After World War 2 PzKw IVJ tanks did a rather long career in Finnish use. Since there had been no combat use, there had been no combat losses of these tanks either. However accidents started to reduce their number already before the World War 2 even ended. The first to go was Ps. 221-4, whose engine got on fire 20th of September 1944. The damage proved so extensive that Ps. 221-4 was never repaired and was removed from inventory 24th of October 1944. February of 1947 fire at Military-technical Depot (Sotatekninen varikko), destroyed among other vehicles also four additional PzKw IVJ tanks (Ps. 221-7, Ps. 221-8, Ps. 221-9 and Ps. 221-14). The tanks destroyed in this fire were never repaired, but were not removed from inventory until year 1951. After the war Finnish Army was saving its best tanks by using T-26 light tanks for basic (driver) training, but starting year 1951 also remaining PzKw IVJ were placed in training use and remained in it, until the last nine tanks were removed from inventory in September of 1962.

During their career with Finnish Army, PzKw IVJ got modified several times. Mesh-wire side skirts were removed already during Lapland War because they proved impractical and reportedly failed to stay on while driving through bushes. Turret skirts were next to go, but apparently were not removed until sometime after Lapland War. Locally built tank-clearance equipment was tested with one of the PzKw IVJ tanks in 1950 - 1951, but the test results were unsuccessful. These tanks retained their original machineguns until year 1951, even if MG-34 were rare and ammunition-wise non-standard for Finnish Army. That year their MG-34 machineguns were replaced with DT-machineguns, which at that time was de facto standard machinegun for armored vehicles of Finnish Army. While replacement of coaxial turret machinegun was apparently quite successful, replacement of hull machinegun proved much more problematic. DT-machinegun installed to front hull with its ball mount was so close near the ceiling, that machinegunner operating it could not really aim the weapon accurately, because he was unable to use its sights.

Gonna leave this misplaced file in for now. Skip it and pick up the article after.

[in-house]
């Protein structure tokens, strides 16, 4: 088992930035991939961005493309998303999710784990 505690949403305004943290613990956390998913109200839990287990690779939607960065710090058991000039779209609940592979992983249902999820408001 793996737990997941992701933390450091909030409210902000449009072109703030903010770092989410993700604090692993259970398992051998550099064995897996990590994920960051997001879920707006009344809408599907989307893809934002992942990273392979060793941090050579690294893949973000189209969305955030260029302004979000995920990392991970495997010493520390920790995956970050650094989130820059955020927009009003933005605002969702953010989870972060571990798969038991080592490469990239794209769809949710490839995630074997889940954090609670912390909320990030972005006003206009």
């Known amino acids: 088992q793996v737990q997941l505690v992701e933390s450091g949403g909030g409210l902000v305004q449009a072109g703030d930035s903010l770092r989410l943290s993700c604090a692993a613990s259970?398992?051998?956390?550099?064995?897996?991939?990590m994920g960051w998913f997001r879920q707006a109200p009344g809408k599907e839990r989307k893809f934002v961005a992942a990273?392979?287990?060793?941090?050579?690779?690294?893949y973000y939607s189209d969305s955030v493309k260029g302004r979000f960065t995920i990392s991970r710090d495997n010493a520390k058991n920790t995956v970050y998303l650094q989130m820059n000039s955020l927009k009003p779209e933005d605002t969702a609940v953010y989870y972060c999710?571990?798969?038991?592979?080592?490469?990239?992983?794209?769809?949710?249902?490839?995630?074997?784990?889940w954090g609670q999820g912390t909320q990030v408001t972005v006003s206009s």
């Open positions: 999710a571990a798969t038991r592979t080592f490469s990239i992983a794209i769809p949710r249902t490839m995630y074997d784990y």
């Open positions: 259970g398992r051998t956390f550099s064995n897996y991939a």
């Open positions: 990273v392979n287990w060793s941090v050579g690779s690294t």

PICTURE: PzKw IVJ tank Ps. 221-6 during Lapland War. Mesh-wire skirts have already been removed, but turret skirts are still on. Photo taken in Tornio November of 1944. (SA-kuva photo archive, photo number 167601). CLICK THUMBNAIL TO SEE LARGER PIC (202 KB).

After being removed from armored vehicle many of the PzKw IVJ tanks were used as hard targets in live-fire training areas and once riddled with holes were sold as scrap metal. Hence there are only three known survivors of the original 15 tanks. These include Ps. 221-2 and Ps. 221-6 in Parola Tank Museum and Ps. 221-12 in Mikkeli, which may also end up to the same museum as the other two.

 


SOURCES:

Kapteeni P. Hovilainen: Tankkirykmentistä Panssaripataljoonaan 1919 – 1949.

Pekka Kantakoski: Suomalaiset Panssarivaunujoukot 1919 – 1969.

Pekka Kantakoski: Punaiset Panssarit, Puna-armeijan panssarijoukot 1918 – 1945.

Pekka Kantakoski: Panssarimuseo.

Esa Muikku ja Jukka Purhonen: Suomalaiset Panssarivaunut 1918 – 1997, The Finnish Armoured Vehicles

Stalin's Giants KV-I & KV-II by Horst Scheibert.

Panzer IV by Horst Scheibert.

Der Panzerkampfwagen IV und Seine Abarten by Walter J. Spielberger.

Panzerbuch der Tanks, Parts 1 – 3 by Fritz von Heigl.

Heigl’s Panzerbuck der tanks, Parts 1 – 3 by O.H. Hacker, R.J. Icks, O. Merker and G.P.v. Zezchwitz.

Russian Tanks 1900 – 1970 by John Milsom

Military manual: Opaskirjanen puna-armeijan tärkeimmistä panssarivaunutyypeistä ja niiden torjunnasta (1942).

Military Manual: Tietoja puna-armeijan aseista, Päämajan Tiedusteluosaston julkaisu (1944).

War Journal of 6th Company of Tank Brigade (Heavy Tank Company) 17th of June 1941 – 21st of March 1942, Finnish National Archives, T19178.

Finnish National Archives, archive folder T10929/20.

Finnish National Archives, archive folders T10910.

Finnish National Archives, archive folder T10911.

Finnish National Archives, archive folder T10912.